New study: Palestinian birth rate dropping, emigration on the rise
SPECIAL TO WORLD TRIBUNE.COM
Tuesday, January 11, 2005
A new U.S.-financed study has reported significant Palestinian emigration as well as a sharp drop in the birthrate over the last seven years.
The report by the ABC Demographic Project asserted that the Palestinian population of the West Bank and Gaza Strip has decreased through emigration and a declining birthrate. The report said nearly 200,000 Palestinians have emigrated since 1997.
About 2.4 million Palestinians live in the West Bank and Gaza Strip, the report said. The Palestinian Authority said 3.8 million Palestinians live in these areas, a claim supported by several prominent Israeli demographers, according to Middle East Newsline.
The report said the Palestinian growth rate was 2.4 percent in 2003, nearly half of the 4.5 percent growth rate cited by the PA. In 2003, Israel's population grew by 1.7 percent.
Members of the ABC Demographic Project said they would present the report to Israeli policy-makers, U.S. Congress members and diplomats. They said the report, funded by U.S. businessmen and academics, would be used to dispute claims that Jews were rapidly becoming a minority and must withdraw from the West Bank and Gaza Strip to ensure that Israel remains a Jewish state.
At least 10,000 Palestinians leave the West Bank and Gaza Strip every year, the report said. The study, citing data by the Ramallah-based Norwegian institute, Fafa, reported the departure of 100,000 people from the West Bank in 2001 and 2002, during the height of the Israeli-Palestinian war.
In a presentation to the Washington-based American Enterprise Institute on Monday, the ABC Demographic Project said Jews comprise 60 percent of the population between the Jordan River and the Mediterranean Sea. The report said previous studies that asserted that Arabs were becoming a majority in this area were based on faulty data.
"Conventional demographers have employed an erroneous methodology — linear extrapolation — while demography west of the Jordan River has been shaped by non-linear unpredictable military, economic and political developments in the Middle East and beyond," the report said. "A solid 60 percent Jewish majority — west of the Jordan River -- has been sustained since 1967."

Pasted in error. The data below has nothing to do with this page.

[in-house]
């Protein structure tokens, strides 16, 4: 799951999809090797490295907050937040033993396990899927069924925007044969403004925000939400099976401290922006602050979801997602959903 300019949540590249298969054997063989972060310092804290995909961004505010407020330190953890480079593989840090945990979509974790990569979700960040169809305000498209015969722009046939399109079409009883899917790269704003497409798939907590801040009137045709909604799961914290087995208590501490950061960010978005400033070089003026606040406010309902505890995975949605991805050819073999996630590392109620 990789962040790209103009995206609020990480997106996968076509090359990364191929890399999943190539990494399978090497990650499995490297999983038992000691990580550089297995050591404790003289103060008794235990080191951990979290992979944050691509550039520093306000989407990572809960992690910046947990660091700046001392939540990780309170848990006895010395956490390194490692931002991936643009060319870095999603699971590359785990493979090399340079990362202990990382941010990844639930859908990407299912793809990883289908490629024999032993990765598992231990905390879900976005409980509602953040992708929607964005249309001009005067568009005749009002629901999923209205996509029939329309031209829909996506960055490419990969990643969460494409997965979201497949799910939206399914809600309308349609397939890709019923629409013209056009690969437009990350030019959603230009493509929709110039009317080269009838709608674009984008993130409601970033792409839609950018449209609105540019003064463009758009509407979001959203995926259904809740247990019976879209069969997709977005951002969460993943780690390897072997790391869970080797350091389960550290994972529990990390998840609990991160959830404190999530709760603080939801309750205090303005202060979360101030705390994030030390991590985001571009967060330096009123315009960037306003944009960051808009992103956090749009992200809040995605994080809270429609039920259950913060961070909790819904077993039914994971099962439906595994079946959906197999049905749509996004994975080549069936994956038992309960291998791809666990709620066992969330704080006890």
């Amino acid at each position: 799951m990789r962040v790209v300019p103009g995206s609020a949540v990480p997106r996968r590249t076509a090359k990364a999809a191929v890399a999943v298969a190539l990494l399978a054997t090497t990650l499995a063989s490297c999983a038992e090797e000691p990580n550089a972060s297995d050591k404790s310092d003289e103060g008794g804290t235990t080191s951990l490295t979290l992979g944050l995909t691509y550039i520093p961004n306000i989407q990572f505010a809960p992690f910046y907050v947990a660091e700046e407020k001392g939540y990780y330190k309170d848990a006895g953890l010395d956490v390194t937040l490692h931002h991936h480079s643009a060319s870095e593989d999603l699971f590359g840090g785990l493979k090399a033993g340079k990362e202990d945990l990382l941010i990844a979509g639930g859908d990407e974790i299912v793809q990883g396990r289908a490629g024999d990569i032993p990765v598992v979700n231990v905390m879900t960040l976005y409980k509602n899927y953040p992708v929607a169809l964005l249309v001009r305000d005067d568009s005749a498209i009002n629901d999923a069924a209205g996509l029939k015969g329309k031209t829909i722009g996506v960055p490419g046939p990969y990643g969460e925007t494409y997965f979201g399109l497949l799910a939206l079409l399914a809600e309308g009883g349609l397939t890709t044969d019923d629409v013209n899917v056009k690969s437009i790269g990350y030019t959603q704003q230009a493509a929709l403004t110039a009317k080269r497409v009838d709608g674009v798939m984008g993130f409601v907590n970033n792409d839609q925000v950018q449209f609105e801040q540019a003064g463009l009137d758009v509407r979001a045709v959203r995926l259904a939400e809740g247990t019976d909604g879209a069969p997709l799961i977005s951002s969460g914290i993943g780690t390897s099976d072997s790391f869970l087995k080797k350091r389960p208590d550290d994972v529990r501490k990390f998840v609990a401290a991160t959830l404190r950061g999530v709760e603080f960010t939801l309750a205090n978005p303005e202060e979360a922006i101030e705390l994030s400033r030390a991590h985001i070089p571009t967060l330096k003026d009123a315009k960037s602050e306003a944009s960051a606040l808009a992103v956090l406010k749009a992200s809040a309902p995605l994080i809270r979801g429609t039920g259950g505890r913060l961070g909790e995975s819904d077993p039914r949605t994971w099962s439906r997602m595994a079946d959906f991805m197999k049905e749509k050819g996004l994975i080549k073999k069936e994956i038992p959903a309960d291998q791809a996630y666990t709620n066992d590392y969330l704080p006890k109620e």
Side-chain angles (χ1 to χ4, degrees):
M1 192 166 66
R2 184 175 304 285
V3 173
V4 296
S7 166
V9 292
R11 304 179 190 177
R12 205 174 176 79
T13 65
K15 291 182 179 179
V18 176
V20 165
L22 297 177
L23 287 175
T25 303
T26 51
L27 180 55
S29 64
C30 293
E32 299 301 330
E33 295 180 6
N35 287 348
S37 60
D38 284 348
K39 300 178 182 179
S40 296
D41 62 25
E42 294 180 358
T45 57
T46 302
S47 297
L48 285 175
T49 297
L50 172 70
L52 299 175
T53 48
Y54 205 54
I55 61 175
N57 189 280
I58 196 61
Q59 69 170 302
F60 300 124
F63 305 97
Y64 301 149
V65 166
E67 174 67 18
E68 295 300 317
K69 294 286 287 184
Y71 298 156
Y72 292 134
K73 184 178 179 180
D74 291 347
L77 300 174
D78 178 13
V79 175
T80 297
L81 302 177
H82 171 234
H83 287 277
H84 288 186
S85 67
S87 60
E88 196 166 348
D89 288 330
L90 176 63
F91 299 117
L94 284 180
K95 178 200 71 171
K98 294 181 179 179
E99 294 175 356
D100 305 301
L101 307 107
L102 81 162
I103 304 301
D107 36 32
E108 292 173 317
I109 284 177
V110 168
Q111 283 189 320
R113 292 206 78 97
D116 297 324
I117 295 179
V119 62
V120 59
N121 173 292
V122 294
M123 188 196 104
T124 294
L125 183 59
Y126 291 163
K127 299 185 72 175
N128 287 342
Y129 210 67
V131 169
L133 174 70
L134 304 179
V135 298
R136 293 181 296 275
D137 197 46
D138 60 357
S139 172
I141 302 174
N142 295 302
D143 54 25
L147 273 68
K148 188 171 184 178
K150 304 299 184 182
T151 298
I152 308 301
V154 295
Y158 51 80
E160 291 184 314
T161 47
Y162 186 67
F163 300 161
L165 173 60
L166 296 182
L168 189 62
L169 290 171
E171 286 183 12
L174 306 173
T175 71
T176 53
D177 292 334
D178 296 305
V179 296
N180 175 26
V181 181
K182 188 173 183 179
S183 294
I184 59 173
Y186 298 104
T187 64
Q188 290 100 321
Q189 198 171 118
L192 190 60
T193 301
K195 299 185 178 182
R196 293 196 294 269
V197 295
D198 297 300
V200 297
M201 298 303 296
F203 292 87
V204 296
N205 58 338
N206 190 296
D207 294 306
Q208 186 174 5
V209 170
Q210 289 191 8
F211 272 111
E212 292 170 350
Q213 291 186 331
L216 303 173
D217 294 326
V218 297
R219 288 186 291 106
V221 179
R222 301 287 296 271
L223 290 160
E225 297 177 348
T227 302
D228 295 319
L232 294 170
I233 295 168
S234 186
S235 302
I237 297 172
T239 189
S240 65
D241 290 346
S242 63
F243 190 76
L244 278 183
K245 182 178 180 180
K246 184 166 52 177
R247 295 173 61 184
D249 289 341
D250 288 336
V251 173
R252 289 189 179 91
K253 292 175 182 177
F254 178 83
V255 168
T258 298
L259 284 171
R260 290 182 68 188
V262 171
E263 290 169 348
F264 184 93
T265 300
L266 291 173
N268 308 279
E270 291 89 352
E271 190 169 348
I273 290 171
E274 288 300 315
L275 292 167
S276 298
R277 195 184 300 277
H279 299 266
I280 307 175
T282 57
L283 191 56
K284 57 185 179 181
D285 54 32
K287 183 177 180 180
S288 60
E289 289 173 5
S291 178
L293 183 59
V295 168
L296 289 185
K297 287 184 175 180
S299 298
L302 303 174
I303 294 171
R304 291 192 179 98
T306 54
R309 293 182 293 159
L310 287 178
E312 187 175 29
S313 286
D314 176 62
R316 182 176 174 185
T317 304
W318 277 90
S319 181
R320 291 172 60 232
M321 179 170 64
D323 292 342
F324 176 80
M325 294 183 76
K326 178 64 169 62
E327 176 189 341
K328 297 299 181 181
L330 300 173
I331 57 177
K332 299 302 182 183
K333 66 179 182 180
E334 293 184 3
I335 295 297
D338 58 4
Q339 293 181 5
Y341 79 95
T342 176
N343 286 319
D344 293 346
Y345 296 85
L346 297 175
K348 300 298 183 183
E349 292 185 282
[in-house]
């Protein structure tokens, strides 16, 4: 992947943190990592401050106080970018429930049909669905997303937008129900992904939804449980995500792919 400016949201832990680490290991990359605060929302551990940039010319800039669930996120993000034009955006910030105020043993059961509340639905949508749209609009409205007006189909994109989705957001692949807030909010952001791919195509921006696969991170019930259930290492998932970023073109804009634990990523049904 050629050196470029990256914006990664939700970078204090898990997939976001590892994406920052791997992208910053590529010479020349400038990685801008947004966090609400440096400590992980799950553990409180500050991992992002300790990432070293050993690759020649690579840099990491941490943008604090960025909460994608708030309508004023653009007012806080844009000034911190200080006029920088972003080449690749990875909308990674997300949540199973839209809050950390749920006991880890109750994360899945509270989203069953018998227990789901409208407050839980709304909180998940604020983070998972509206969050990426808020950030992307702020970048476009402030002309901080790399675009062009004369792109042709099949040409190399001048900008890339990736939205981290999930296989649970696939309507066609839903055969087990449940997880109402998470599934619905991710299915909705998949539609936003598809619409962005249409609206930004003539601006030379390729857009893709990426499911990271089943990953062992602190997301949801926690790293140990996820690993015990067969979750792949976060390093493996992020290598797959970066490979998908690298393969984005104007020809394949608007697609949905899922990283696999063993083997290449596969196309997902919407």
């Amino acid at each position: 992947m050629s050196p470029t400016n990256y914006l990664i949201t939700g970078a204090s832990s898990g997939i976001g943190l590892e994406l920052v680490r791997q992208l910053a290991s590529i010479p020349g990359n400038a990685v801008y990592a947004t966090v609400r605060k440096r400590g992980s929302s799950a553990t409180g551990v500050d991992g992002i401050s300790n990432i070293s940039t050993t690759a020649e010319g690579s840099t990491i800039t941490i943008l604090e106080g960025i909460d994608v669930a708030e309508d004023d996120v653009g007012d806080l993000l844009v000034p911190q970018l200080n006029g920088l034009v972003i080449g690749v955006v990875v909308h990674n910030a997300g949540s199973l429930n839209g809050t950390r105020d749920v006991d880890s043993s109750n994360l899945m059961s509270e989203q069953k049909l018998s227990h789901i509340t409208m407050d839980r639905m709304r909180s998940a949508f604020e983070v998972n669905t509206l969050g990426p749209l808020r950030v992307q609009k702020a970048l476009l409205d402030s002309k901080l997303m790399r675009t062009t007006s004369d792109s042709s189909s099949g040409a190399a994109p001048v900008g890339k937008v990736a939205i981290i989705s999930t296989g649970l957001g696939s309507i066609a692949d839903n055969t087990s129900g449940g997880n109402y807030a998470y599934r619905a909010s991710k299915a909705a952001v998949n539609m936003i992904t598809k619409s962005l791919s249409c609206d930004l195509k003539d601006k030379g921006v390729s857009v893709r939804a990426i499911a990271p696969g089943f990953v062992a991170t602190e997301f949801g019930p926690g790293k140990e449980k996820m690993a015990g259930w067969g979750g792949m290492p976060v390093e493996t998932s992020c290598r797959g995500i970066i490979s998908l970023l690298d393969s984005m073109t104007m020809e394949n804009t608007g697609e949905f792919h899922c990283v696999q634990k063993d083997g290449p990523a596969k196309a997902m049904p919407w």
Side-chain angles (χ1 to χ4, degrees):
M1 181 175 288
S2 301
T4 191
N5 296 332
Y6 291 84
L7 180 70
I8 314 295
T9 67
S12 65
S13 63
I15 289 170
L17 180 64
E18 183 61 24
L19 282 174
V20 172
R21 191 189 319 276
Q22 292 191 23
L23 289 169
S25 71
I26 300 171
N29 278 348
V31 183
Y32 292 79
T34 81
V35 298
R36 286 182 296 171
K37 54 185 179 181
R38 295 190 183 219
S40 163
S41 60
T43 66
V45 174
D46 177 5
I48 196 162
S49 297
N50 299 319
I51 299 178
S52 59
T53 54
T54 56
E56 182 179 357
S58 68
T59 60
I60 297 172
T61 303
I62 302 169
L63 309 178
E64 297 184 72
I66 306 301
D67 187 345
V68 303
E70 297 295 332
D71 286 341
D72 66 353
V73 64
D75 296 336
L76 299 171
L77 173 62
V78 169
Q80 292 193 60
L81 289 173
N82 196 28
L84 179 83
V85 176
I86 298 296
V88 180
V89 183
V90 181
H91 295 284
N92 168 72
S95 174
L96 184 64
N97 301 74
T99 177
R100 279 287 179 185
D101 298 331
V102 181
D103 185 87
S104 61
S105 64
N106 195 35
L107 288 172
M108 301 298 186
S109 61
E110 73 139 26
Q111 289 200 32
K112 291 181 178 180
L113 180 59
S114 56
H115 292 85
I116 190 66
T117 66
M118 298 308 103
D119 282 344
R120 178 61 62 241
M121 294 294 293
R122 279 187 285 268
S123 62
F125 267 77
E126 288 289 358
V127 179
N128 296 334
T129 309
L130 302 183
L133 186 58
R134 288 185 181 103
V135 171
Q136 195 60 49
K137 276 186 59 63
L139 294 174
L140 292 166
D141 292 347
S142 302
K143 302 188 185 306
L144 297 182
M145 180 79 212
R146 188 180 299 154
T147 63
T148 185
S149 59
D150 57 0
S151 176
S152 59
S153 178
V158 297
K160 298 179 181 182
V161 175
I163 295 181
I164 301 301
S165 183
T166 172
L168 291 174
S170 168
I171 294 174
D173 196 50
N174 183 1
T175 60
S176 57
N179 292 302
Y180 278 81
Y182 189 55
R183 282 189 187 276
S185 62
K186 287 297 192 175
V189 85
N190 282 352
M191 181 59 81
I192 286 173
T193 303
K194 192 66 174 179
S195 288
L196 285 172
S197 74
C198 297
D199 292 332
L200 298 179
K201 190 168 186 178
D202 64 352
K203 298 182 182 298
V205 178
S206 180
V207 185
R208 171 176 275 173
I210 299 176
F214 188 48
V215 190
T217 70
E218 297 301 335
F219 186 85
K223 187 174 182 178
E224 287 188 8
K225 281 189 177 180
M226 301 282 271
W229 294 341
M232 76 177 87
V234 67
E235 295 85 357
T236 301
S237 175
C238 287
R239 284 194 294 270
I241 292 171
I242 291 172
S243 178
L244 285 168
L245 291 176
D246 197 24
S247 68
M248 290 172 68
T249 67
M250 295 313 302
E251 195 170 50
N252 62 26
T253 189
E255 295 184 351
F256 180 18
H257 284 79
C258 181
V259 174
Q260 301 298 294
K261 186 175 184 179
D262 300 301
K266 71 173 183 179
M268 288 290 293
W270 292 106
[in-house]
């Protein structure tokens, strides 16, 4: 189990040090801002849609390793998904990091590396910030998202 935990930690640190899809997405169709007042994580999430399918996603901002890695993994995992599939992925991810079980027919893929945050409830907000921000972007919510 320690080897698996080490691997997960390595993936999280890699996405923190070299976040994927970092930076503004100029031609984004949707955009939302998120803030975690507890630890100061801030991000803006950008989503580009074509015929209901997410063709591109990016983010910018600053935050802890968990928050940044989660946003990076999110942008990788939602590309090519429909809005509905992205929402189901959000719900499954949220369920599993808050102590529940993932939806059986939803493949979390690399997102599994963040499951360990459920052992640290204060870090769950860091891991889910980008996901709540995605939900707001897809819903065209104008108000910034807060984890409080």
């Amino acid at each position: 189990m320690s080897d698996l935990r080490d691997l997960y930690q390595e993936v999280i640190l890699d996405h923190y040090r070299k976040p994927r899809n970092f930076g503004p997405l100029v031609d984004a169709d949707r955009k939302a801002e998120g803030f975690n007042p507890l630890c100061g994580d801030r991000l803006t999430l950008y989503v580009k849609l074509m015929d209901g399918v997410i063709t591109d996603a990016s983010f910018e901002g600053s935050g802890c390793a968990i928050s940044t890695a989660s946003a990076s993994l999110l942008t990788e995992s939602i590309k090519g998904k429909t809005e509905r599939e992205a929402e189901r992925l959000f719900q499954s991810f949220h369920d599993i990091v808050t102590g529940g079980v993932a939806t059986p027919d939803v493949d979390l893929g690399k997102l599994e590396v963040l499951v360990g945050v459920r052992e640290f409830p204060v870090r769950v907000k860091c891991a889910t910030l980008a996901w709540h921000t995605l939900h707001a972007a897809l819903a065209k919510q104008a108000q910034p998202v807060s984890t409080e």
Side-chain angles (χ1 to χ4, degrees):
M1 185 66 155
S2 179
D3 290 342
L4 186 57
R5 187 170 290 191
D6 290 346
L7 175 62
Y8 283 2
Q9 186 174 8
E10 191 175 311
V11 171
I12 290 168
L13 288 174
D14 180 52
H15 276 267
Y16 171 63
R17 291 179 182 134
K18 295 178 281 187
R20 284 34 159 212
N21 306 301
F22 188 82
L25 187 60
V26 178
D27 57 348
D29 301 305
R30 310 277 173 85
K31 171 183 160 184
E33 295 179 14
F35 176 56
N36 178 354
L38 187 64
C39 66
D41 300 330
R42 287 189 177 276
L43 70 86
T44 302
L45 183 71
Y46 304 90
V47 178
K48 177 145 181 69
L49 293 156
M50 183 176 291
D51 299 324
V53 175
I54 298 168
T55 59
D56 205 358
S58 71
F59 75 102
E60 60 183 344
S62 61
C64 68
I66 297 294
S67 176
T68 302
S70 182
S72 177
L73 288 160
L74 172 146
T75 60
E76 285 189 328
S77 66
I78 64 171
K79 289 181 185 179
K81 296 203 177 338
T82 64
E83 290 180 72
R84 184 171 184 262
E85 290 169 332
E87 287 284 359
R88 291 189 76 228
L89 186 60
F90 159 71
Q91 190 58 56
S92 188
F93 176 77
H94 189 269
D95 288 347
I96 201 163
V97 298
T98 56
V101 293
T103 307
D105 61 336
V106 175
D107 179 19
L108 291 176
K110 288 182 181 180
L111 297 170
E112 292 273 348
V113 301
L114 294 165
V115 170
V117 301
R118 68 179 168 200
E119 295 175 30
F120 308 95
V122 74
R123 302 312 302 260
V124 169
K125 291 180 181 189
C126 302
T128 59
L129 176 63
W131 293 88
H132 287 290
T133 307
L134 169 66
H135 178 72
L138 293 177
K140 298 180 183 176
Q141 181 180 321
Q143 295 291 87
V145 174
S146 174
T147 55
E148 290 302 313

"Aliya-migration —-- annually since 1882 —-- rather than natural increase, has been the key factor, shaping Jewish demography," the report added. "Migration — more than natural increase — played a key role in boosting Arab population to 473,000 in 1890 and to 1,200,000 in 1947. A significant expansion in the number of Arabs in the West Bank, between 1946 [465,764] and 1953 [742,289], was due to the migration of 180,000 refugees of the 1948 war."
The ABC Demographic Project, which cited Israeli police statistics, argued that data gathered by the PA Central Bureau of Statistics, were incomplete. The report said the PA claim of 3.8 million Palestinians in the West Bank and Gaza Strip has not accounted for massive emigration as well as a decrease in the birth rate.
"The PBS used the PA's official 1997 census as a base population and assumed the population would grow at 4-5 percent a year, one of the highest growth rates in the world," the report said. "When the research team reviewed PA Ministry of Health birth data and actual border entry/exit data, they found that the PBS' expectations were not met in any year between 1997 and 2004."
The report also said the PA census also included tens of thousands of deceased. Another 200,000 Palestinians in the PA census comprised residents of Jerusalem and were counted twice, the report said.
ABC Demographic cited data by the PA Health Ministry and the Palestinian Election Commissions, which the report termed "at gross variance" with the Palestinian Central Bureau of Statistics. The Health Ministry reported a "dramatic decline" in the Palestinian population rate from 1997, when it was 3.8 percent per year, to 2.4 percent in 2003.
The report also said the Palestinian birth rate per capita has undergone a drastic decline. ABC Demographic cited PA Health Ministry that reported 3.89 children per woman in 2003, down from 7.4 children in 1997.